Every year, I make a blanket for my father for Xmas. This past Xmas, I wanted to make something that was special, that would outshine the other blankets that I’ve made him. Given how many I’ve made, that was a daunting task!
But I found this cross stitch pattern and I knew that it was what I was looking for.
It is just a standard cross stitch pattern. I photo copied it so that I could use a high lighter to mark off the stitches that I had completed. Makes it easier to keep track of where you are in the pattern. The idea is pretty simple. For each color in the cross stitch pattern, you pick a color of yarn. Then each square of the pattern becomes a single crochet in the blanket. Working the pattern is the same idea as working it for cross stitch. You just have to change which direction you are working along the pattern each time you flip the project over!
But there were a few unexpected challenges…
The first challenge is that you use all the yarn colors at the same time and you are not cutting the yarn strands as you go along. It becomes essential that you have a method for keeping your yarn organized so that the tangles don’t get too far ahead of you and so that you can easily pull from any of the colors as you go. The box was a simple idea (thank you, Monkey) that really made things a lot easier. Even as the skeins got thin, they stayed up and the yarn drew from them easily. Without this kind of setup, I never would have finished the project.
But there is still the reality that you have to flip the project back and forth as you go along. Leaving the yarn strands connected means that they are going to get tangled. There really is no way to get around this. It just means that every 5-10 rows you have to stop and untangle the thing so that you can keep working. Stopping often keeps it from becoming knots and helps keep the yarn pulling smoothly which is important for the tension. This was the most frustrating part of the project. But as I worked along, I found better and better ways to manage it. (Good thing).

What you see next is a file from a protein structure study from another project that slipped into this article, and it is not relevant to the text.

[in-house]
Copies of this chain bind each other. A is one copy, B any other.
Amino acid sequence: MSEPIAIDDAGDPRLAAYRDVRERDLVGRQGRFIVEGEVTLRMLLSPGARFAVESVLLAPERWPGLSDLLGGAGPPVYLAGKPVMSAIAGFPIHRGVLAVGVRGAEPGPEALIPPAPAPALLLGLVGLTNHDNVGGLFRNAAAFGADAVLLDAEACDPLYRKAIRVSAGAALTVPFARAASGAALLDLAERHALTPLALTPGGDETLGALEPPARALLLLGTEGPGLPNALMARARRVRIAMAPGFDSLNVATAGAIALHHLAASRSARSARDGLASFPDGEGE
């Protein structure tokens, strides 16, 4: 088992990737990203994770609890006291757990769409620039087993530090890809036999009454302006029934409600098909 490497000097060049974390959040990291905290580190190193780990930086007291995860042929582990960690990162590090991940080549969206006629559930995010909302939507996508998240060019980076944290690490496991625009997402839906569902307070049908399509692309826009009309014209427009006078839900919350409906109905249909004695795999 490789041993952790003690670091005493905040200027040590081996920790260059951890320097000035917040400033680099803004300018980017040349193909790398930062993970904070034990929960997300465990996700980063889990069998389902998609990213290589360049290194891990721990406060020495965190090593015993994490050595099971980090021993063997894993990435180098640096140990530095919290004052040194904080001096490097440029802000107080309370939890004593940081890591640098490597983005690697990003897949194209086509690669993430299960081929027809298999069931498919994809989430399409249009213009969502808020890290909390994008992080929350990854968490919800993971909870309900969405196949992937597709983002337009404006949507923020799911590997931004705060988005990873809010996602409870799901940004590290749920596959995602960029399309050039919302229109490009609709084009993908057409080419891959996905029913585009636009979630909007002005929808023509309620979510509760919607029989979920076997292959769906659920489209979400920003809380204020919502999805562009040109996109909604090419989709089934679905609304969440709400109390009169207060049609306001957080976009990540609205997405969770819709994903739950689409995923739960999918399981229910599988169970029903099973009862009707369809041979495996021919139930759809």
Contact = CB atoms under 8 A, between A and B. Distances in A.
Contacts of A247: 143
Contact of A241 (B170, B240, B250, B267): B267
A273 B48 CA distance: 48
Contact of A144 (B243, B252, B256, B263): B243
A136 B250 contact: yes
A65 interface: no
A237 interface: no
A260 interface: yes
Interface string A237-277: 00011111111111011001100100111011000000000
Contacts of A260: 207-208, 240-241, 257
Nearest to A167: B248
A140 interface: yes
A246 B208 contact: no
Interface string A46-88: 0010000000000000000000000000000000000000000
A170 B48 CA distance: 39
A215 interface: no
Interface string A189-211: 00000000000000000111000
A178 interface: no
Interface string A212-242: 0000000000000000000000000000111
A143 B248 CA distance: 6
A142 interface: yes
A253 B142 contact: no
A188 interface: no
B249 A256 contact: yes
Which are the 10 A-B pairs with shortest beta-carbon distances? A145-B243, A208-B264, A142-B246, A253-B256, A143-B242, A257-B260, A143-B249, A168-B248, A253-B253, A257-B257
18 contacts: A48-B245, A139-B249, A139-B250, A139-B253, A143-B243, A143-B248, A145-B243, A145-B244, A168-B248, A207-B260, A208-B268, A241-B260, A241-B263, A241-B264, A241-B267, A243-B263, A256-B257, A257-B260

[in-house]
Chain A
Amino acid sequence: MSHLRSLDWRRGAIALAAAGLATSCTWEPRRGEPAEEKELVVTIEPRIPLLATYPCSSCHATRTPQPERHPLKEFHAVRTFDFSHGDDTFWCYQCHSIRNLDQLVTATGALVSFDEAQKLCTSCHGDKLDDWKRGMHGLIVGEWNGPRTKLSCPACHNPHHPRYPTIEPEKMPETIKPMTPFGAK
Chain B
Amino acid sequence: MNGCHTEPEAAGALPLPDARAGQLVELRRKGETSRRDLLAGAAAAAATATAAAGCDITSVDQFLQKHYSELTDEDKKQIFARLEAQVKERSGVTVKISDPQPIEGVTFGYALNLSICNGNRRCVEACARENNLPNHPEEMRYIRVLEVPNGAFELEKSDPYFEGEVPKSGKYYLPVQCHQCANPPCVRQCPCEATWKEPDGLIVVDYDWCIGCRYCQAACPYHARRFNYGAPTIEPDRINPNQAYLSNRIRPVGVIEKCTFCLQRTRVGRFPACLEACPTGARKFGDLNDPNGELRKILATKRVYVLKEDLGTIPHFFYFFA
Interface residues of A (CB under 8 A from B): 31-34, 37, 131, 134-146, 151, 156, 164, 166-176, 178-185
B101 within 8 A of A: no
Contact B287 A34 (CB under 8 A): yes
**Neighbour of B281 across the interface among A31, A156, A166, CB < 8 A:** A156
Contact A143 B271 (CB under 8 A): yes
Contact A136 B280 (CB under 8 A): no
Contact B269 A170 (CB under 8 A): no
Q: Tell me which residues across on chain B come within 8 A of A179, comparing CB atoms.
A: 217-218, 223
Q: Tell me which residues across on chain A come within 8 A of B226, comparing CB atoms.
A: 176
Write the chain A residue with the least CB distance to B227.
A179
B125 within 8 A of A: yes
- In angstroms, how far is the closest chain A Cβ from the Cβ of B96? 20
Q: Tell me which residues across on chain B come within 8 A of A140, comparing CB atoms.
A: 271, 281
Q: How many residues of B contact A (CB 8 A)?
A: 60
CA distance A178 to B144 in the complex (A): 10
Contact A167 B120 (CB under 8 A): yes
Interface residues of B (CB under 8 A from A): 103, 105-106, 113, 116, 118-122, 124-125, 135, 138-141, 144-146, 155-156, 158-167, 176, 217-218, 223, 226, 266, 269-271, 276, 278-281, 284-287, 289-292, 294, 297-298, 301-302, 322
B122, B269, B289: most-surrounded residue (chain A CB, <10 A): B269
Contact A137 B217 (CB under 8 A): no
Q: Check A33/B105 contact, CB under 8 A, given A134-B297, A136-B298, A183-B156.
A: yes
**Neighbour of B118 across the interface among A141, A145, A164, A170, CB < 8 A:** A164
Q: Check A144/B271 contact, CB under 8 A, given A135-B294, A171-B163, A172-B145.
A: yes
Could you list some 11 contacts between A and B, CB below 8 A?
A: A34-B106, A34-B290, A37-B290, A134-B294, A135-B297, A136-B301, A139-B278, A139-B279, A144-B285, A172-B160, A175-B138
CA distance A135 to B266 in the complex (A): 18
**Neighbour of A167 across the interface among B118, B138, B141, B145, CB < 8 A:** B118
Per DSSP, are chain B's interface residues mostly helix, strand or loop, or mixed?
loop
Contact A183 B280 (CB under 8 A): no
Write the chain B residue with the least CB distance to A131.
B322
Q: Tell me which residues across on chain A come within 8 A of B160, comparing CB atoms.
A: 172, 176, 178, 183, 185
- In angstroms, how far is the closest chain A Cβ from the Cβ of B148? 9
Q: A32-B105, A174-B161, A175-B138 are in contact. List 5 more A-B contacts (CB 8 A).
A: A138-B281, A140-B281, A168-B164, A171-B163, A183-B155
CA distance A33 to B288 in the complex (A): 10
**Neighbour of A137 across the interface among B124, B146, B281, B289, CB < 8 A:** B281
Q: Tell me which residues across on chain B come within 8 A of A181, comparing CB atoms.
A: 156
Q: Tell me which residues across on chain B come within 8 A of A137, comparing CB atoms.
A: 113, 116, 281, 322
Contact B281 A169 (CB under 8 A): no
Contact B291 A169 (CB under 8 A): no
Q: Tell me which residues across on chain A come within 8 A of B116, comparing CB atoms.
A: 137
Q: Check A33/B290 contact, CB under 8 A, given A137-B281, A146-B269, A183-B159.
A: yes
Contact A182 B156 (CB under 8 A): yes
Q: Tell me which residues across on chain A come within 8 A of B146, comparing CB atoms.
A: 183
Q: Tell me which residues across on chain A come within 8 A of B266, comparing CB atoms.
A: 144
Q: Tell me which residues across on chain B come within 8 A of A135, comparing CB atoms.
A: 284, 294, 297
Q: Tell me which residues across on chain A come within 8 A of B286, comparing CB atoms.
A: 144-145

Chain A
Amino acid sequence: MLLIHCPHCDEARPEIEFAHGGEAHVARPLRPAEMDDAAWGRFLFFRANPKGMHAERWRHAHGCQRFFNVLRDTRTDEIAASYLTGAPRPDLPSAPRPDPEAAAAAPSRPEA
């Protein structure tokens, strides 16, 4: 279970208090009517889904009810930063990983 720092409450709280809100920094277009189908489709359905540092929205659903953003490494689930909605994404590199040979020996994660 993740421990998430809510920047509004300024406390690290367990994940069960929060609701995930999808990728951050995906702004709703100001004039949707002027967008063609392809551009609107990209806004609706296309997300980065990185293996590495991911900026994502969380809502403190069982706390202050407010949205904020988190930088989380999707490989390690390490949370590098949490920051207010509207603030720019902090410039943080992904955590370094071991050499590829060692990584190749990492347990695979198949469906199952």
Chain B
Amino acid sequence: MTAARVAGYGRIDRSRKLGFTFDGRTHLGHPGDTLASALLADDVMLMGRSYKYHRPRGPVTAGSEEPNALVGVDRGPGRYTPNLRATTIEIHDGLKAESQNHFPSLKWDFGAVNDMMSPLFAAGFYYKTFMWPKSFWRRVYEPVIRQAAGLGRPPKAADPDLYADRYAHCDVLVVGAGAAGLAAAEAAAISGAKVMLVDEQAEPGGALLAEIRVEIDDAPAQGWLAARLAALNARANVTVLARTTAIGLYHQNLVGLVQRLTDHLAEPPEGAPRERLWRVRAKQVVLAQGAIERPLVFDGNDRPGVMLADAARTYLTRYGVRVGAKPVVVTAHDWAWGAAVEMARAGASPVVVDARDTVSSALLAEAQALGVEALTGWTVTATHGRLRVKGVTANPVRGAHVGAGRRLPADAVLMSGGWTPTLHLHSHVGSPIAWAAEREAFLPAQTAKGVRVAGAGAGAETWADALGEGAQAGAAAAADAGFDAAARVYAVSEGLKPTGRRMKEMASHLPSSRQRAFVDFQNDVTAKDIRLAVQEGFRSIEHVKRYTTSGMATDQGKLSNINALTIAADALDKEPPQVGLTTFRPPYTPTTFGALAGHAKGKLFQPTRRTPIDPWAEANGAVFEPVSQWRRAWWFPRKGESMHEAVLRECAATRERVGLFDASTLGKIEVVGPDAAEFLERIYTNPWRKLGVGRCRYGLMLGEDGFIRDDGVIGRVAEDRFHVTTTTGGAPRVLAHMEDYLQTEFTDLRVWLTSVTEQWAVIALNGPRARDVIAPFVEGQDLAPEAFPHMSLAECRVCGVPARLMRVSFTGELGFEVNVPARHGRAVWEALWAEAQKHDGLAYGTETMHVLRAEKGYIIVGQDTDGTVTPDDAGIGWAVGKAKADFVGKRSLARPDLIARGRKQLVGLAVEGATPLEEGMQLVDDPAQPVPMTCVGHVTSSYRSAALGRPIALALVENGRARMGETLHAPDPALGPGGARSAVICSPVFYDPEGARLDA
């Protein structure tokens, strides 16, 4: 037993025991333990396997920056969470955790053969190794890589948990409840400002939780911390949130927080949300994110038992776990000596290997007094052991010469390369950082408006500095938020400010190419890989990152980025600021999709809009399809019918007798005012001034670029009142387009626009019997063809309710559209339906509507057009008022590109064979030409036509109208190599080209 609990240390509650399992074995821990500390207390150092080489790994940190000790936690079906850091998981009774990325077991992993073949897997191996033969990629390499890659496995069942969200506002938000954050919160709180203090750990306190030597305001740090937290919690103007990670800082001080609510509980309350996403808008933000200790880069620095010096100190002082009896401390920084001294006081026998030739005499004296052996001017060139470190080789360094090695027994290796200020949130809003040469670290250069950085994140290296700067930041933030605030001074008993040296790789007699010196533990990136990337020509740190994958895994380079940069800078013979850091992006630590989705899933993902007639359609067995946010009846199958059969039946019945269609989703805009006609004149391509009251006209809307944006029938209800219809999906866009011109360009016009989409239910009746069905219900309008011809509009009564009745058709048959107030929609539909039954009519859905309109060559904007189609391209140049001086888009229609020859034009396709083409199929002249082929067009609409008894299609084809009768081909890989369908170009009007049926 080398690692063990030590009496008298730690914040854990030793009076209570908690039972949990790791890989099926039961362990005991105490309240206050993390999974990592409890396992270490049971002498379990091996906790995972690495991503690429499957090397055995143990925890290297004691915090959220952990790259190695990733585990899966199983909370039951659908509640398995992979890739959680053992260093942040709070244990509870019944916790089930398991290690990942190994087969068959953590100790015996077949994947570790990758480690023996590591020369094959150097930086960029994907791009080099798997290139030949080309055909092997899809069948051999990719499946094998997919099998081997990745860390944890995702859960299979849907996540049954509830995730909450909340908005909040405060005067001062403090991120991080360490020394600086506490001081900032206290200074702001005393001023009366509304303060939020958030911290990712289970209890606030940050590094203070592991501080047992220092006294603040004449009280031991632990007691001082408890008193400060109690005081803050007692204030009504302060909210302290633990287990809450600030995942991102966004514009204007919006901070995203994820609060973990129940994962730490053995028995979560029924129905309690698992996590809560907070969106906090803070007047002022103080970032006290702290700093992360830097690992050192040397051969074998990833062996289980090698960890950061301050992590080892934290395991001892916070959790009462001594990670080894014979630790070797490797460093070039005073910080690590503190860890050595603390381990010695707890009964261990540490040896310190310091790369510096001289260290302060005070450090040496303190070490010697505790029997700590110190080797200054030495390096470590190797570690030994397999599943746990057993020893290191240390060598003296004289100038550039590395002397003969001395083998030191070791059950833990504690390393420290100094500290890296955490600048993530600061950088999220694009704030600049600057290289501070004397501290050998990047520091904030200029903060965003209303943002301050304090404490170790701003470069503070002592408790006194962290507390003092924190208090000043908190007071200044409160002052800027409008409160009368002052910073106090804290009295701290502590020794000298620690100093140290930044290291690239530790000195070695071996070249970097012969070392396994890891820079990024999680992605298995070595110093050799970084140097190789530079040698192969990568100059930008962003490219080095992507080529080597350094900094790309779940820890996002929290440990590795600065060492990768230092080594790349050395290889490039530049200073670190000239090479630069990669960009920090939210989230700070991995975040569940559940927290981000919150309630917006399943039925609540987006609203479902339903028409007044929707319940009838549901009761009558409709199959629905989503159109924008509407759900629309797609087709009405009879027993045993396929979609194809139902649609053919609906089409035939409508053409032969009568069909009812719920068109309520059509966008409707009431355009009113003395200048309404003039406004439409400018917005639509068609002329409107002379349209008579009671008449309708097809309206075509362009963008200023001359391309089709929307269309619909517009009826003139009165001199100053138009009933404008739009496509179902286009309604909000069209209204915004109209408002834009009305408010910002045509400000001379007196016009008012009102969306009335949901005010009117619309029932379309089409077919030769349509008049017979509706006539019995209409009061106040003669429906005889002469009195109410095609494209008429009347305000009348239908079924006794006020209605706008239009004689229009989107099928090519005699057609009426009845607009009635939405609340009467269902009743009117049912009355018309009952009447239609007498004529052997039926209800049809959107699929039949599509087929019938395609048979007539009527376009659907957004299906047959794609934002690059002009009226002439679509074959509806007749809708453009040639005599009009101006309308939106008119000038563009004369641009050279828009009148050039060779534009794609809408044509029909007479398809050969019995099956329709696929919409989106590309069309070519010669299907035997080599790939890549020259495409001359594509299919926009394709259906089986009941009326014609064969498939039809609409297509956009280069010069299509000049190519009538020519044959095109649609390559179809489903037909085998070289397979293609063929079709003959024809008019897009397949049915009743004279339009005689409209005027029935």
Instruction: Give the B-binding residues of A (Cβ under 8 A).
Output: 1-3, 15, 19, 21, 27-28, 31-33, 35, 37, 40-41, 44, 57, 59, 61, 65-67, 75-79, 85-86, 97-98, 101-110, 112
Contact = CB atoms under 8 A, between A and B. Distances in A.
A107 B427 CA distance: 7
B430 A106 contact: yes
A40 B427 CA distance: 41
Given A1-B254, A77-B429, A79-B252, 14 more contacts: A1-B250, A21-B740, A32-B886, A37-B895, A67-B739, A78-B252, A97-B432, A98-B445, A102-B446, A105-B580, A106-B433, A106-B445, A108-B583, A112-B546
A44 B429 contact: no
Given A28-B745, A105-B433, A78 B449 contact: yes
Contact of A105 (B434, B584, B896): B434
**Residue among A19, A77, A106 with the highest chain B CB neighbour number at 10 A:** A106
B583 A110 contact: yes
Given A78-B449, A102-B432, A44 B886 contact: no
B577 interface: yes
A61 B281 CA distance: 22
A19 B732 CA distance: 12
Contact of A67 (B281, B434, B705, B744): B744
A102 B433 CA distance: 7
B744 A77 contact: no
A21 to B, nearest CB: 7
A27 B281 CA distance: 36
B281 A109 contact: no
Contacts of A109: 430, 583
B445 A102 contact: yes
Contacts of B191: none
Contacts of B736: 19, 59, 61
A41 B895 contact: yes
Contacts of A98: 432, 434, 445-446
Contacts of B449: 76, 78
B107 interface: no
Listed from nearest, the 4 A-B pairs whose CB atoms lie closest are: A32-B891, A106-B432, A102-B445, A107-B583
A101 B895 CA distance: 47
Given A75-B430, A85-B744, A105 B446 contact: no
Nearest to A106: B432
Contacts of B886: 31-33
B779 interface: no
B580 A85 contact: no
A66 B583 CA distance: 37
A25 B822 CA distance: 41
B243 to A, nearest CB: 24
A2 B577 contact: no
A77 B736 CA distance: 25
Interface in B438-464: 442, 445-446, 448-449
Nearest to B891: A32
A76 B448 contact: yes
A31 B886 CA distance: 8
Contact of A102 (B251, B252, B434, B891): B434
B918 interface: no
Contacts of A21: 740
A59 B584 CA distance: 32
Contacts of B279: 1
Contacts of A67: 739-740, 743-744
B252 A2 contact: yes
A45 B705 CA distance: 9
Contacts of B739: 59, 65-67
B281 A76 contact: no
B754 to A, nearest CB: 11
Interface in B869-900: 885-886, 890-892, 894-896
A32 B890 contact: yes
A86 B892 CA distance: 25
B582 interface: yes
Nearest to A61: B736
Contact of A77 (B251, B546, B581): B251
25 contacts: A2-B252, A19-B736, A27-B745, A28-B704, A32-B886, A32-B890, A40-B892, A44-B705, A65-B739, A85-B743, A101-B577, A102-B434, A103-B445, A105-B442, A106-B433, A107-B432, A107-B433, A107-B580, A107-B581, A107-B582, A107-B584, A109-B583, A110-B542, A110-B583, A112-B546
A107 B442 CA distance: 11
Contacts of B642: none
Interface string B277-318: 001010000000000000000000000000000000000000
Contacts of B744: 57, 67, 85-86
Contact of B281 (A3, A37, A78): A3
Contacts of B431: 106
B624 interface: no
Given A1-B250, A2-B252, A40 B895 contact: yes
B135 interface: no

So, the next thing that is really important for this kind of project is being sure that you can switch between the colors smoothly. Part of that is working the active yarn strand beneath the other stitches so that you aren’t cutting the yarn every few stitches. Here, you can see that there are 2 stitches of white. If you cut the yarn when you changed colors, you would have a hard time anchoring the white into the project. But if you keep the yarn connected and work the other colored stitches over it, you don’t have to worry about the anchoring. Be careful how you work the stitches or the color beneath the stitches will show through and that looks like crap. It took me a while to figure out a good way to do this. Essentially, it comes down to pulling the yarn you are hiding taunt while you work loose stitches over the top of it. This gets much more difficult when you are hiding several strands of yarn. Doing this also uses up more yarn then it would if you cut the yarn with each color change. Additionally, doing it this way increases the number of active strands which makes the tangling problem worse.
In the end, I was proud of the project. It isn’t perfect, but I think that it is the best blanket that I have made thus far. It is the most difficult project that I had ever done and I learned a lot from doing it. I will be using cross stitch patterns in the future!
And the most important part? Dad really liked it! That’s what makes all the work worth it. There is nothing like seeing a person’s reaction to a project I made and knowing that they love it.